‘Complimenti, you bitch,’ wrote Ezra Pound to Eliot in 1922 upon reading a near-final draft of his friend’s latest work, which Pound had edited. ‘I am wracked by the seven jealousies.’ Pound – no slouch in the poetry department himself – knew not only that Eliot had just given the emerging Modernist literature movement its standard bearer, but that he had just read what would surely become known as one of the greatest poems of the 20th century. Sure enough, it did.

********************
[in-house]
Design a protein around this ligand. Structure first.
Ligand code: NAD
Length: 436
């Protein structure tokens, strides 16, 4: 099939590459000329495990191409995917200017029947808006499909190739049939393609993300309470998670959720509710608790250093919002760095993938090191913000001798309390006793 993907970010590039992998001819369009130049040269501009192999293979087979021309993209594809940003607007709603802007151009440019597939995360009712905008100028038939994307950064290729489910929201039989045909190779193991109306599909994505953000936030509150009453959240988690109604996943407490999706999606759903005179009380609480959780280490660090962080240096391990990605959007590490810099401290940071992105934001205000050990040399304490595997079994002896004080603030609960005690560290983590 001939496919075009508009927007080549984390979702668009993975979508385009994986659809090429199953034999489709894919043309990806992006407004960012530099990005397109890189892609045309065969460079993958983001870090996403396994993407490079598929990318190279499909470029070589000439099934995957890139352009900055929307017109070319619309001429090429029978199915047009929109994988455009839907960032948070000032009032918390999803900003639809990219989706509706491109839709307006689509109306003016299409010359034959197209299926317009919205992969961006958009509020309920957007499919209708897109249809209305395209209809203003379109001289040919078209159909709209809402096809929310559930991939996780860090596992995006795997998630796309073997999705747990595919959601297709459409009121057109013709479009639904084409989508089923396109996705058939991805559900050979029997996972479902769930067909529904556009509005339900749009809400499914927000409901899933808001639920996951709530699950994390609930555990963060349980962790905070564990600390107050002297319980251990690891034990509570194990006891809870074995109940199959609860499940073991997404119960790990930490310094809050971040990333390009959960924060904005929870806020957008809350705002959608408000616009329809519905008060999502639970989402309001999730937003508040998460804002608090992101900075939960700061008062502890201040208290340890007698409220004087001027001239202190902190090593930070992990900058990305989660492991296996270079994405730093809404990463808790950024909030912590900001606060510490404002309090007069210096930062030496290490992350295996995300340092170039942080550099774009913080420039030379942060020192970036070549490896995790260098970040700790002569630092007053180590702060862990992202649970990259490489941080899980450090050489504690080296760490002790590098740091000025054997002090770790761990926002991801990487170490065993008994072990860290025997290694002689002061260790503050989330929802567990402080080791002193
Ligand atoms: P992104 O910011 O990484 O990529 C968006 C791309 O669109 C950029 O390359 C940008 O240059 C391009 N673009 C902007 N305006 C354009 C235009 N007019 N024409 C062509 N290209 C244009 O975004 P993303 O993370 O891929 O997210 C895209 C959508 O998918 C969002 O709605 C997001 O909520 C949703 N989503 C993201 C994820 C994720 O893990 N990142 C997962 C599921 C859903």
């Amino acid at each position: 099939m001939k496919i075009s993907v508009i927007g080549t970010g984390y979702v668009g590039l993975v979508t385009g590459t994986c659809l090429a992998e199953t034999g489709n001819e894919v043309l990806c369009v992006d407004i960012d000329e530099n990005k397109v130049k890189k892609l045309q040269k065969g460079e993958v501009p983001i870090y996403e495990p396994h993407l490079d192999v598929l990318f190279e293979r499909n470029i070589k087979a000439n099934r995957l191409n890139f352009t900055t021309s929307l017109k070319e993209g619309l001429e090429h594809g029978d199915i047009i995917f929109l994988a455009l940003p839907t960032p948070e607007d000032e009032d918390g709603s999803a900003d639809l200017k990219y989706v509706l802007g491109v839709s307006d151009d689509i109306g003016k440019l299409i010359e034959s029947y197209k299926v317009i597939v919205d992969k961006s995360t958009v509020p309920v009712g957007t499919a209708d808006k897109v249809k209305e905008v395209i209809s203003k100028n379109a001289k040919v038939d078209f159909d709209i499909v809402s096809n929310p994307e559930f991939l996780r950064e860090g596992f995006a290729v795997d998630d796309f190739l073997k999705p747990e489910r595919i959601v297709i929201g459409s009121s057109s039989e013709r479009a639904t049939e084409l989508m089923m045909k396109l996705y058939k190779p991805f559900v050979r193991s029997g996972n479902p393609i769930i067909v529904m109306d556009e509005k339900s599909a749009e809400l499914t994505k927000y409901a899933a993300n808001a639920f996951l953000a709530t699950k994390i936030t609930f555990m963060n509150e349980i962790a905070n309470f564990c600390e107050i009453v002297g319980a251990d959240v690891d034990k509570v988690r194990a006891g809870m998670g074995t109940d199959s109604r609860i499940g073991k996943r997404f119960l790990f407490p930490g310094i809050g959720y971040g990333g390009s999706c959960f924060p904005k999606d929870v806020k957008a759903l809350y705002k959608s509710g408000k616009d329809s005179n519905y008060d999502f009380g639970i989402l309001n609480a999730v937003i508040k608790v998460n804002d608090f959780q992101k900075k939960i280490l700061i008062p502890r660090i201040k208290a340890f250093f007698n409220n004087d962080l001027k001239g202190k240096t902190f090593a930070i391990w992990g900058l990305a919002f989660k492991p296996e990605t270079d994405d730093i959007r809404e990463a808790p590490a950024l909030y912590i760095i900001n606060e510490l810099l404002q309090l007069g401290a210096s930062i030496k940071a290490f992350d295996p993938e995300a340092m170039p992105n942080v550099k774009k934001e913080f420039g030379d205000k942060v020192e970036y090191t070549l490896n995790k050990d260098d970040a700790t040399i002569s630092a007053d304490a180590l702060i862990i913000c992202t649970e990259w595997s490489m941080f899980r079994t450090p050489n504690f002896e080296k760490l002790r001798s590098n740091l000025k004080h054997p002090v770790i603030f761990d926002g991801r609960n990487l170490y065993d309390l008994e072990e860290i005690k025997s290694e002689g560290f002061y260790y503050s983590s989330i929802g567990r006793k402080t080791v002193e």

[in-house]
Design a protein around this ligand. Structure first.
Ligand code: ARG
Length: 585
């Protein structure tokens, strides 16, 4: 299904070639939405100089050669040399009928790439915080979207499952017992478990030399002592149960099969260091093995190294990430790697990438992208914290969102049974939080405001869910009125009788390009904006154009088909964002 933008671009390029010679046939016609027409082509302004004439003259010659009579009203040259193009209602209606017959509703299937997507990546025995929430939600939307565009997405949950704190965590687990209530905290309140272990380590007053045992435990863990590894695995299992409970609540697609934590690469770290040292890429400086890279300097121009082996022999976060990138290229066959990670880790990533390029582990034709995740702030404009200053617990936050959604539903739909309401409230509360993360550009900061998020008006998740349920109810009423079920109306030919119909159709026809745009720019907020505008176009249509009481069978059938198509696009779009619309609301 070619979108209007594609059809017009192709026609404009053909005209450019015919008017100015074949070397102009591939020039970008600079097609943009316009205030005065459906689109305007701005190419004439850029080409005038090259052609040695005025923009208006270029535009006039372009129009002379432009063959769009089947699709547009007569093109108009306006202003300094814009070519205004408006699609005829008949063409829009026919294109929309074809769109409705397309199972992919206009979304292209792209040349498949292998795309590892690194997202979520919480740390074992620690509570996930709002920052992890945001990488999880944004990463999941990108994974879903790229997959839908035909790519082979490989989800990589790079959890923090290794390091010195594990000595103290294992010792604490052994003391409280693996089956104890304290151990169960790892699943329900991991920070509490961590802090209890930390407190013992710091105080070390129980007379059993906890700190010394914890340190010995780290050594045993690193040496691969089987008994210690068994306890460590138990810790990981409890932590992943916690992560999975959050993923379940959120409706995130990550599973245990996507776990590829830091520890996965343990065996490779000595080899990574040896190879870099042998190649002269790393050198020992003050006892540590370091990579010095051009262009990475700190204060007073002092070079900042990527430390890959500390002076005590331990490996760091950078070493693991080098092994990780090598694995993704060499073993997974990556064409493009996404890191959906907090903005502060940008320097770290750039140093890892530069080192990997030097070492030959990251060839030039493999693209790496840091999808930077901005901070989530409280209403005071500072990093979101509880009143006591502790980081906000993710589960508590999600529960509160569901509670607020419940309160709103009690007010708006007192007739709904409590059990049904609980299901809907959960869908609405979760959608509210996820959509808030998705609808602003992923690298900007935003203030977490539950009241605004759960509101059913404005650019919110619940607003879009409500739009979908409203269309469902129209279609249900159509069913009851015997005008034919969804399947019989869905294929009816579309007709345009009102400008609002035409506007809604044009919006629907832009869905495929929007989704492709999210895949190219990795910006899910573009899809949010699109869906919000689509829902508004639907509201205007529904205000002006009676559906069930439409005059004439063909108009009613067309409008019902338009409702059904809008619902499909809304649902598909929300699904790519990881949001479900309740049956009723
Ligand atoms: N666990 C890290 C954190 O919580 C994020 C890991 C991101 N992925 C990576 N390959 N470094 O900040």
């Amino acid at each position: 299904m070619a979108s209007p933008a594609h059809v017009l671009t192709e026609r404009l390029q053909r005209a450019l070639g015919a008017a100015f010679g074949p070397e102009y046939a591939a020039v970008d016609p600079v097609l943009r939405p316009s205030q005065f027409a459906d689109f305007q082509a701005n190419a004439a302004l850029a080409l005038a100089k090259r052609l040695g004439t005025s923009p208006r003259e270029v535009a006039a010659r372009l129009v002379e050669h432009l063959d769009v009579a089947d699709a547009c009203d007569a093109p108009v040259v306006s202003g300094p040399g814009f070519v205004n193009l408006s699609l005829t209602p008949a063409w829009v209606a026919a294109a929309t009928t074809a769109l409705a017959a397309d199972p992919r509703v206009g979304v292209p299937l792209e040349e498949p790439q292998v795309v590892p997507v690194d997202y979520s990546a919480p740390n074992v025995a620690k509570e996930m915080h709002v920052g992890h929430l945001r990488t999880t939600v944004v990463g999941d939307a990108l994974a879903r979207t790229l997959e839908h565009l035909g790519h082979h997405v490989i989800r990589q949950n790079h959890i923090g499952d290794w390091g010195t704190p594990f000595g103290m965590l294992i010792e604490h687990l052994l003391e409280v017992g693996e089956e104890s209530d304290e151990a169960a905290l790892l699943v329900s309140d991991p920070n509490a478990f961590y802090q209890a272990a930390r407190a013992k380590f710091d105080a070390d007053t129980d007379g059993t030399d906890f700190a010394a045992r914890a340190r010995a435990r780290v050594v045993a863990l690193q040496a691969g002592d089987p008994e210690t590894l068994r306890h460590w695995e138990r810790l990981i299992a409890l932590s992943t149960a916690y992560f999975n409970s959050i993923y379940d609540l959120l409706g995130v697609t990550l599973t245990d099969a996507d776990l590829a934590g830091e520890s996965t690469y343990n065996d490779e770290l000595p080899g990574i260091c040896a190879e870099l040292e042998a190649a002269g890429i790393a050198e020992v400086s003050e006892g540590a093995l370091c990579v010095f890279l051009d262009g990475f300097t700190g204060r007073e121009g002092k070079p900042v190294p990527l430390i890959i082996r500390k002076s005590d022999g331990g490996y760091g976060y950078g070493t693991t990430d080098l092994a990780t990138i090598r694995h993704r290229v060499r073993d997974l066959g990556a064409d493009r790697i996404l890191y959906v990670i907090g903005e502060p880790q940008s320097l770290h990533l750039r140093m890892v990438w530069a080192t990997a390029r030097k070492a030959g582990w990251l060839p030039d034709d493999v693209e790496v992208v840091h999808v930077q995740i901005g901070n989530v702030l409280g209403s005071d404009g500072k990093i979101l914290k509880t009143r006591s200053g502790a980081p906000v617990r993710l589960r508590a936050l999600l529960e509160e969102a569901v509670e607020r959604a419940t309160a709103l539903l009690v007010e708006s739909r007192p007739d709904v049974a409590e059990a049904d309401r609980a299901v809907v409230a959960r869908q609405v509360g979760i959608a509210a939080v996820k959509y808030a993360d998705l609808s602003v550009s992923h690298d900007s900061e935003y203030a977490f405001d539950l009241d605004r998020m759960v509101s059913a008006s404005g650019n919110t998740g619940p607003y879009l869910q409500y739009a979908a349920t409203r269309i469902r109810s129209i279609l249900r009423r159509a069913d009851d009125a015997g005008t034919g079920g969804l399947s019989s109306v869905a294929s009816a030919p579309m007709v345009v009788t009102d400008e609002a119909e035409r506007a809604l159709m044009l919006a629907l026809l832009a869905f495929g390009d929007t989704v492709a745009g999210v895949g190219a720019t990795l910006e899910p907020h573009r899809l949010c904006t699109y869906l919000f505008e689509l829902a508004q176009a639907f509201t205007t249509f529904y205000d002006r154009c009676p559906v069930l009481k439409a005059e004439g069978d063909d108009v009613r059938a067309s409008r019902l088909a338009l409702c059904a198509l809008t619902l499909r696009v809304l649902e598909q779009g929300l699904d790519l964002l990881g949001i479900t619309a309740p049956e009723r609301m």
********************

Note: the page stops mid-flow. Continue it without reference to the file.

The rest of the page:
The masterpiece – about the devastating aftermath of the First World War – defied convention as it weaved different voices, to explore themes of trauma, disillusion, and death, wrapped in the barbed wire of Eliot’s electrifying intellect. With The Waste Land, he lay waste to old notions of poetry’s role as an art form, and changed the way it was written forever.